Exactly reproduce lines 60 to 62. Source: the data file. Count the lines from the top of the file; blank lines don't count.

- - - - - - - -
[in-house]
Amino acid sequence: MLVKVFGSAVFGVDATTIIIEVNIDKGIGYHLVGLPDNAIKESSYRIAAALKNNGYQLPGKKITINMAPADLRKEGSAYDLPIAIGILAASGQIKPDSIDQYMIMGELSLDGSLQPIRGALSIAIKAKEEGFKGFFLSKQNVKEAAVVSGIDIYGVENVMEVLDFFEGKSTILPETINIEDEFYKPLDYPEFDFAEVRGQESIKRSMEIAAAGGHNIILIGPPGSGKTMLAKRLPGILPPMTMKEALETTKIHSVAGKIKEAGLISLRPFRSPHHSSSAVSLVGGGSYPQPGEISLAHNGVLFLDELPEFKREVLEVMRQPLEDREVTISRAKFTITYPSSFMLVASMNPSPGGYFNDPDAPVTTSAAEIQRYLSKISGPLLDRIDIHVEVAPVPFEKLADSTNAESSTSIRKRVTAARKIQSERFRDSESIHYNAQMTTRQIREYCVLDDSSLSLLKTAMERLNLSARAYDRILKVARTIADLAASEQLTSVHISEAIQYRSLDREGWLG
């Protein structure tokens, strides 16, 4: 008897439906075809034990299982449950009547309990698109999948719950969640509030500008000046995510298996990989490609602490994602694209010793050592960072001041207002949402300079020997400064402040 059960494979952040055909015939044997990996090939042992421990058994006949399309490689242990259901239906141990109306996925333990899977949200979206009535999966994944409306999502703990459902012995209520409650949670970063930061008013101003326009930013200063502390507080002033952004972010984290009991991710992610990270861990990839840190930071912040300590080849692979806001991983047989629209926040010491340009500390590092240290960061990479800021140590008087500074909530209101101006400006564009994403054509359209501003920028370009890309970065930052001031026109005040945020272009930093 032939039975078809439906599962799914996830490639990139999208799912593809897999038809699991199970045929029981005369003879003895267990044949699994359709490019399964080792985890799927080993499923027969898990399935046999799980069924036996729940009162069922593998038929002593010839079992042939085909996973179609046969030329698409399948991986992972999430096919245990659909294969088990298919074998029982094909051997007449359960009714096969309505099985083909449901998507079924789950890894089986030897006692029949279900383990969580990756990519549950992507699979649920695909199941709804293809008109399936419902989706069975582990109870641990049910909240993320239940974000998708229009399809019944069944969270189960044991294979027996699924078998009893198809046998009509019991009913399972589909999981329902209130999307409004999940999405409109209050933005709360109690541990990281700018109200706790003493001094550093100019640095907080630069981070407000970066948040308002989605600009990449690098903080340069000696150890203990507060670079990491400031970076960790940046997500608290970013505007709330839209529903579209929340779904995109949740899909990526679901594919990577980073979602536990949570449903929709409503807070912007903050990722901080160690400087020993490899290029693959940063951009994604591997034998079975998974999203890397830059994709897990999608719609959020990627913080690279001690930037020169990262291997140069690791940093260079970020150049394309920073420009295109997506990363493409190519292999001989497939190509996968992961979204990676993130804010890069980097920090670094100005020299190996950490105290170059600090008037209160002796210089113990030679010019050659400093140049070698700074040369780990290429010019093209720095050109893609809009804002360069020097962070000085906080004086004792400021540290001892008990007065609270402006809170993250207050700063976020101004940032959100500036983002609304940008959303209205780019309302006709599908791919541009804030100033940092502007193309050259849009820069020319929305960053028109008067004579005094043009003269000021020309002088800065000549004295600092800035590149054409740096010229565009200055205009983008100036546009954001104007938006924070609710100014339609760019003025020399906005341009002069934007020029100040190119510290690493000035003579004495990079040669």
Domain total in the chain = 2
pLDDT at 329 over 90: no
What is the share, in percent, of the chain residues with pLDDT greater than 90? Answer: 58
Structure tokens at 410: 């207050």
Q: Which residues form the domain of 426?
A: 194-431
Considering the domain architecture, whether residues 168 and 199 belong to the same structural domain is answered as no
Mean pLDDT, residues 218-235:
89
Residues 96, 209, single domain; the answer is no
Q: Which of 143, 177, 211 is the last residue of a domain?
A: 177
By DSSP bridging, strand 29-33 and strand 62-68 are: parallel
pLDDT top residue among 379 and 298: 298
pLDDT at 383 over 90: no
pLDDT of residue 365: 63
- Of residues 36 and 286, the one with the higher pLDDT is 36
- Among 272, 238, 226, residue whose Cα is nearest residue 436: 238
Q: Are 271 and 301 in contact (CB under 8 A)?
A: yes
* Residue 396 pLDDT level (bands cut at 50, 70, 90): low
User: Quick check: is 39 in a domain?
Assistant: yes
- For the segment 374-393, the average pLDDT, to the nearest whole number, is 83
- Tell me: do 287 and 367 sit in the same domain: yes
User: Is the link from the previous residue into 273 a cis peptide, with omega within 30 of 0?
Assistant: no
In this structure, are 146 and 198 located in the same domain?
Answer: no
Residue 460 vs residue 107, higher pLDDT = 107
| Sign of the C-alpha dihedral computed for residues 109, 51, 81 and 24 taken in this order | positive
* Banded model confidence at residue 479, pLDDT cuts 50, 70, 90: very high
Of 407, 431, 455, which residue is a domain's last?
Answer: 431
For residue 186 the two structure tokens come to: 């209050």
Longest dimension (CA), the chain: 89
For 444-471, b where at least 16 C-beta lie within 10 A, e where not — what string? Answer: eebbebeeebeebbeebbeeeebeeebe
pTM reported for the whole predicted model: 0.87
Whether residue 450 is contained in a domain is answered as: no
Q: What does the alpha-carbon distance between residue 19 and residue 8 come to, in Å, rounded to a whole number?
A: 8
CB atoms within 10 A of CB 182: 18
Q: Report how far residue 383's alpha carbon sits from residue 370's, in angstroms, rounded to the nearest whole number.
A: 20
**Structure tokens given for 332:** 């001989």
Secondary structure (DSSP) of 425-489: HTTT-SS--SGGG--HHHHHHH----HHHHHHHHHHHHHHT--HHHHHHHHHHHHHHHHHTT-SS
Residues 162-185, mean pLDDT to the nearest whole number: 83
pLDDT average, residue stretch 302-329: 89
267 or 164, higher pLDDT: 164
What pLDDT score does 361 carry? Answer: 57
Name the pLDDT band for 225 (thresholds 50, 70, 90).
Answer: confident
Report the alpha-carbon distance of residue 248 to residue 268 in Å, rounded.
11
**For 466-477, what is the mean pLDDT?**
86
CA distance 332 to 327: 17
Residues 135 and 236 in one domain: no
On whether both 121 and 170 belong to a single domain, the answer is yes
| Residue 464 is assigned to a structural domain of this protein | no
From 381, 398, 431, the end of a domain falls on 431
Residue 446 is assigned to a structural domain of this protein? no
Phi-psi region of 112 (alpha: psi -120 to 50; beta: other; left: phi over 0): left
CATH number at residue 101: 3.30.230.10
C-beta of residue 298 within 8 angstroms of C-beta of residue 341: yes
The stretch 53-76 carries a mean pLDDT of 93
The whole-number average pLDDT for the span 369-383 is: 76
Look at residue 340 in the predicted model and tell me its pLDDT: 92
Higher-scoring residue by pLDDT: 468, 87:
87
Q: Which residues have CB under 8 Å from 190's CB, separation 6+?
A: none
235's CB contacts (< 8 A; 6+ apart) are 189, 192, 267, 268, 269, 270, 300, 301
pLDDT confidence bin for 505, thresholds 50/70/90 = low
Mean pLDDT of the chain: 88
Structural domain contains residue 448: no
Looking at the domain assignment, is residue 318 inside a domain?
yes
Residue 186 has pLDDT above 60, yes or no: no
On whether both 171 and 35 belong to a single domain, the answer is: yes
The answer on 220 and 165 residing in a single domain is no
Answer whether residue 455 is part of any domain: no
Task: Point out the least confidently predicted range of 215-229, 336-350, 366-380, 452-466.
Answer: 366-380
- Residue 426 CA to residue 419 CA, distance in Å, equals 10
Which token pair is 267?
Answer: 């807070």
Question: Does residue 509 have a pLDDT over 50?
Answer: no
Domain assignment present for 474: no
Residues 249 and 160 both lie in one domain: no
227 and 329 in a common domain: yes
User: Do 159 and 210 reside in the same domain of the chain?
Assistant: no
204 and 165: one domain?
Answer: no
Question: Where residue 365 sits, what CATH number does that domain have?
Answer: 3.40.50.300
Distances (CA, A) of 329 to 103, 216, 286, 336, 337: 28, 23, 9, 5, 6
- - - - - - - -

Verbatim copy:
CA distance 332 to 327: 17
Residues 135 and 236 in one domain: no
On whether both 121 and 170 belong to a single domain, the answer is yes